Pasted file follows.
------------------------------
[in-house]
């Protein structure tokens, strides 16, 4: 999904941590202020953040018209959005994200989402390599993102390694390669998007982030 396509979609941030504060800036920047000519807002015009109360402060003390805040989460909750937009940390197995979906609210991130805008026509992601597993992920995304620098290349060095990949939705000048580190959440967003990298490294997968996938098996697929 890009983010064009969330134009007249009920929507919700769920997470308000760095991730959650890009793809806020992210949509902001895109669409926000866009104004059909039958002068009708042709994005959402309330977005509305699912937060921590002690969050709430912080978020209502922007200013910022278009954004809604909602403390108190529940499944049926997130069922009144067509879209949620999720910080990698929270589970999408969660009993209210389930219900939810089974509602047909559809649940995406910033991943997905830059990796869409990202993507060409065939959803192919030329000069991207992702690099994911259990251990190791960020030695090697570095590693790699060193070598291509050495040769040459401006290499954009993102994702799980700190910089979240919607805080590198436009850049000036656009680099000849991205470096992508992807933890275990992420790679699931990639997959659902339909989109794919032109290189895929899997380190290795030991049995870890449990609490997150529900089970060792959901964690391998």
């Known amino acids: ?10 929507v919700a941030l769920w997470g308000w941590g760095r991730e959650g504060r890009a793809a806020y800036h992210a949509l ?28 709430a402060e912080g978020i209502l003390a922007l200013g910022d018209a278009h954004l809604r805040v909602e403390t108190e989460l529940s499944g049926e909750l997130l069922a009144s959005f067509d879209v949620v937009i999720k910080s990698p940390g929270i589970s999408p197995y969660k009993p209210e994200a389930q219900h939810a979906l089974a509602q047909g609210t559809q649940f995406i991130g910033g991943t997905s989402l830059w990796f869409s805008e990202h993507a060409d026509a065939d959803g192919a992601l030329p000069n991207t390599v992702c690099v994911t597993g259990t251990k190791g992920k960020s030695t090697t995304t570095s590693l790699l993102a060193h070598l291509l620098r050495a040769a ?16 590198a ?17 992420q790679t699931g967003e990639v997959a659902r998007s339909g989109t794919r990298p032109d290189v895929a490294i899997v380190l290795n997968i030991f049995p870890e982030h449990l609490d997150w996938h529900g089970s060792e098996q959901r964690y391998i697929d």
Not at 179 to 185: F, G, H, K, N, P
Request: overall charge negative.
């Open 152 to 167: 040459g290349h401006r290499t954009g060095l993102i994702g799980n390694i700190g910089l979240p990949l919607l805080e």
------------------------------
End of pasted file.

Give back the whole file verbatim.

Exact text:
[in-house]
């Protein structure tokens, strides 16, 4: 999904941590202020953040018209959005994200989402390599993102390694390669998007982030 396509979609941030504060800036920047000519807002015009109360402060003390805040989460909750937009940390197995979906609210991130805008026509992601597993992920995304620098290349060095990949939705000048580190959440967003990298490294997968996938098996697929 890009983010064009969330134009007249009920929507919700769920997470308000760095991730959650890009793809806020992210949509902001895109669409926000866009104004059909039958002068009708042709994005959402309330977005509305699912937060921590002690969050709430912080978020209502922007200013910022278009954004809604909602403390108190529940499944049926997130069922009144067509879209949620999720910080990698929270589970999408969660009993209210389930219900939810089974509602047909559809649940995406910033991943997905830059990796869409990202993507060409065939959803192919030329000069991207992702690099994911259990251990190791960020030695090697570095590693790699060193070598291509050495040769040459401006290499954009993102994702799980700190910089979240919607805080590198436009850049000036656009680099000849991205470096992508992807933890275990992420790679699931990639997959659902339909989109794919032109290189895929899997380190290795030991049995870890449990609490997150529900089970060792959901964690391998």
């Known amino acids: ?10 929507v919700a941030l769920w997470g308000w941590g760095r991730e959650g504060r890009a793809a806020y800036h992210a949509l ?28 709430a402060e912080g978020i209502l003390a922007l200013g910022d018209a278009h954004l809604r805040v909602e403390t108190e989460l529940s499944g049926e909750l997130l069922a009144s959005f067509d879209v949620v937009i999720k910080s990698p940390g929270i589970s999408p197995y969660k009993p209210e994200a389930q219900h939810a979906l089974a509602q047909g609210t559809q649940f995406i991130g910033g991943t997905s989402l830059w990796f869409s805008e990202h993507a060409d026509a065939d959803g192919a992601l030329p000069n991207t390599v992702c690099v994911t597993g259990t251990k190791g992920k960020s030695t090697t995304t570095s590693l790699l993102a060193h070598l291509l620098r050495a040769a ?16 590198a ?17 992420q790679t699931g967003e990639v997959a659902r998007s339909g989109t794919r990298p032109d290189v895929a490294i899997v380190l290795n997968i030991f049995p870890e982030h449990l609490d997150w996938h529900g089970s060792e098996q959901r964690y391998i697929d």
Not at 179 to 185: F, G, H, K, N, P
Request: overall charge negative.
């Open 152 to 167: 040459g290349h401006r290499t954009g060095l993102i994702g799980n390694i700190g910089l979240p990949l919607l805080e």